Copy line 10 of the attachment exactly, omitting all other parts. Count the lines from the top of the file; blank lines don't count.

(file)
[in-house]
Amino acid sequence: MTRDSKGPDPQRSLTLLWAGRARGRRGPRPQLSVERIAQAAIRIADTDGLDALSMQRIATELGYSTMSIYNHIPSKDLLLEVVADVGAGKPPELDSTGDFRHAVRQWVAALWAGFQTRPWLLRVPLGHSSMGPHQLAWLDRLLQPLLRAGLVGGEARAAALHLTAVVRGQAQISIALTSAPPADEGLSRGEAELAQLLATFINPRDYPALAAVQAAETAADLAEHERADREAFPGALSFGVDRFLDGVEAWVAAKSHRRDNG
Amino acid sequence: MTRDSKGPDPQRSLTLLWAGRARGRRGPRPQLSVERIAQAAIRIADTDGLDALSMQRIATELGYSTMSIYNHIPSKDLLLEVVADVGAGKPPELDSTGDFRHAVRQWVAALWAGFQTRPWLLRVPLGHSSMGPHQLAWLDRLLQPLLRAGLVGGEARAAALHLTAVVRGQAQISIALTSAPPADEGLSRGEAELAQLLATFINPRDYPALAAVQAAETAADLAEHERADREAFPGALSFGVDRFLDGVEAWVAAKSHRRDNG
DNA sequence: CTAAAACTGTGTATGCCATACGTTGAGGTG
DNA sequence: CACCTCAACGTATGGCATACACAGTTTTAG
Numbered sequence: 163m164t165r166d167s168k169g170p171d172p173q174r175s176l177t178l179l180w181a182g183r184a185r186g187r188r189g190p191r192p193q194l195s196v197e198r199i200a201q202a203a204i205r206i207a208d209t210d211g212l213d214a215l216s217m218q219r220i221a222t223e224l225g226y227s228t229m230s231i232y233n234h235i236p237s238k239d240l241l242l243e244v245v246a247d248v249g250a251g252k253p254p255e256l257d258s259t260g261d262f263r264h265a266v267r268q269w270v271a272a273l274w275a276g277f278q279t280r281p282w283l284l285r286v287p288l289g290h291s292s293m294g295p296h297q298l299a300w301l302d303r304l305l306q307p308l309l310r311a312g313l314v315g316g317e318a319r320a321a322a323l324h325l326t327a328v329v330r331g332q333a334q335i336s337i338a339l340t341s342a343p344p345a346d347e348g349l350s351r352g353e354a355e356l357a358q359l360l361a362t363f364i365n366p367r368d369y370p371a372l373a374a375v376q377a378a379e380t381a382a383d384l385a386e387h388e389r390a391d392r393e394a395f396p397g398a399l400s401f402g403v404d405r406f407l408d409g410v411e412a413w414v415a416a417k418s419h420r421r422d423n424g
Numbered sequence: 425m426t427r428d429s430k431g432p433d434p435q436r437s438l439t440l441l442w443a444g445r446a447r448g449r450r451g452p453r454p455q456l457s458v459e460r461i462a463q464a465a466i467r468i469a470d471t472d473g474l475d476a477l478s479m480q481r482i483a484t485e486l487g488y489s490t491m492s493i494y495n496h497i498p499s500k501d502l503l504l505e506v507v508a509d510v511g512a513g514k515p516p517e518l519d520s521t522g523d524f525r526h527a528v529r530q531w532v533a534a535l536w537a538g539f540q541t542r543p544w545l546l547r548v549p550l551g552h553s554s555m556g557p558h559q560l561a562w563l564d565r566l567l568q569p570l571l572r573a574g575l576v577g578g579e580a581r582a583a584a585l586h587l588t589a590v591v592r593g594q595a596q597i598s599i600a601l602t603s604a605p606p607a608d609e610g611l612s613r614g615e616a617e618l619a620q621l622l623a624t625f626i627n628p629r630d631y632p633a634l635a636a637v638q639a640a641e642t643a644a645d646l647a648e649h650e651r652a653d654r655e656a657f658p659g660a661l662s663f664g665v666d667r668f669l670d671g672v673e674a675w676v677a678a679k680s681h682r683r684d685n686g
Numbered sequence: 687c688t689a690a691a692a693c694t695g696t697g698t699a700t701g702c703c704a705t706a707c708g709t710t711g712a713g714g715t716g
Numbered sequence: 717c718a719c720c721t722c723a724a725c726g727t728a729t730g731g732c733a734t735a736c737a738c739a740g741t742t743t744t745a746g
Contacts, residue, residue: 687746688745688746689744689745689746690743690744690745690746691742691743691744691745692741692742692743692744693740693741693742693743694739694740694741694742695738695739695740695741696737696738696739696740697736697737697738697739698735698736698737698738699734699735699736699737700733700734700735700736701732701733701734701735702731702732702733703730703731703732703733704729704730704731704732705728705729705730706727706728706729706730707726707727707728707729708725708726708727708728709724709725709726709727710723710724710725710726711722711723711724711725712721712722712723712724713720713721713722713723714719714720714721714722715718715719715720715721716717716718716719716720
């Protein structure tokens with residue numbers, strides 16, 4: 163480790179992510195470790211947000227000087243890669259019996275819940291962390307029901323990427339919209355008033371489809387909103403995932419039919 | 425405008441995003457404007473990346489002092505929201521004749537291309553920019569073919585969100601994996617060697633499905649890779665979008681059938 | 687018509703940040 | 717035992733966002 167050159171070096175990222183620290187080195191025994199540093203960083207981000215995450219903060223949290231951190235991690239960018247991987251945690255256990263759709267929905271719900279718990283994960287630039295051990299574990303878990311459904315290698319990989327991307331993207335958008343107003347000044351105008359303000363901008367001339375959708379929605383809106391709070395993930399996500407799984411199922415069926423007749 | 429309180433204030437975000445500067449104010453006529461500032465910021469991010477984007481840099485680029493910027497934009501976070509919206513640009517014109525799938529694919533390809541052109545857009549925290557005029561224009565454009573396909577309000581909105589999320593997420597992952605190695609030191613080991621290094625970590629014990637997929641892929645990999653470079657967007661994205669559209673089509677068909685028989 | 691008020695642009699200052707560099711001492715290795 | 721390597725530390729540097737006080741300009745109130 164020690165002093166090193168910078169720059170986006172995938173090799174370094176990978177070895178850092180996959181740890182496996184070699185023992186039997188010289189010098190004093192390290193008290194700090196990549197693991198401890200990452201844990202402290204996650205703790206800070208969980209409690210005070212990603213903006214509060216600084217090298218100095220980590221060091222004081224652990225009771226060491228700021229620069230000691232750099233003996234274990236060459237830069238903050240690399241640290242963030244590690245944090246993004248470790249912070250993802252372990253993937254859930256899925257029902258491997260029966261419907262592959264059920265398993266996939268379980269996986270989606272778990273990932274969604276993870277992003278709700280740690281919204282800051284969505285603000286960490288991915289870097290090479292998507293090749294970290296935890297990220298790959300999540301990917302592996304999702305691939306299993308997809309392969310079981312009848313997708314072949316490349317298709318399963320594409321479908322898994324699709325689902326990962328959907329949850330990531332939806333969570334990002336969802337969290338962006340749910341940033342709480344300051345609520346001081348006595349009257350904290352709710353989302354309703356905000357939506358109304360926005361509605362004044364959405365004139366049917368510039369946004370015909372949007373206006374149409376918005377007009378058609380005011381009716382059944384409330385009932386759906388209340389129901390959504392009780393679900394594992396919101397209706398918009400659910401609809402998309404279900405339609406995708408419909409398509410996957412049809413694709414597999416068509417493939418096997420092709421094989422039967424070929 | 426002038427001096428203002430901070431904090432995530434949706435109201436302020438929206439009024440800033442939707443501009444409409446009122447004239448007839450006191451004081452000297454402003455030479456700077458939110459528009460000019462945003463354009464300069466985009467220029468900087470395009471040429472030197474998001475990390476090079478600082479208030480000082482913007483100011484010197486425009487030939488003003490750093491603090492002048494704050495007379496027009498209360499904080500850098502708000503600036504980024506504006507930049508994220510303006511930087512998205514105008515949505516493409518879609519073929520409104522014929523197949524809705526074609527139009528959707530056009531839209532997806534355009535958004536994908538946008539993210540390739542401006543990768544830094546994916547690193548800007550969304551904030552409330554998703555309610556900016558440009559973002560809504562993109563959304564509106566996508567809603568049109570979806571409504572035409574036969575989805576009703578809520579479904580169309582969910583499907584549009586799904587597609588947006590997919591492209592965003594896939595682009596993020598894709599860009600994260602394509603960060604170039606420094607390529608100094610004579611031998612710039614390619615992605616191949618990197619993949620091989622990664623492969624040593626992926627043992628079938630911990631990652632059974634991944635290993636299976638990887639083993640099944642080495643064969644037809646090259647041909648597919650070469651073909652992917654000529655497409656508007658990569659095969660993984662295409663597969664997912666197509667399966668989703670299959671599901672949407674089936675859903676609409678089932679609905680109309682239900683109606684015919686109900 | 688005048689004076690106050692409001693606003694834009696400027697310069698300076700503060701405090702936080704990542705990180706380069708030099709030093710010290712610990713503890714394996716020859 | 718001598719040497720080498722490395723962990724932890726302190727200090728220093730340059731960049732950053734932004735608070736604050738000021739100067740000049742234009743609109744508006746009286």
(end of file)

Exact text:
Contacts, residue, residue: 687746688745688746689744689745689746690743690744690745690746691742691743691744691745692741692742692743692744693740693741693742693743694739694740694741694742695738695739695740695741696737696738696739696740697736697737697738697739698735698736698737698738699734699735699736699737700733700734700735700736701732701733701734701735702731702732702733703730703731703732703733704729704730704731704732705728705729705730706727706728706729706730707726707727707728707729708725708726708727708728709724709725709726709727710723710724710725710726711722711723711724711725712721712722712723712724713720713721713722713723714719714720714721714722715718715719715720715721716717716718716719716720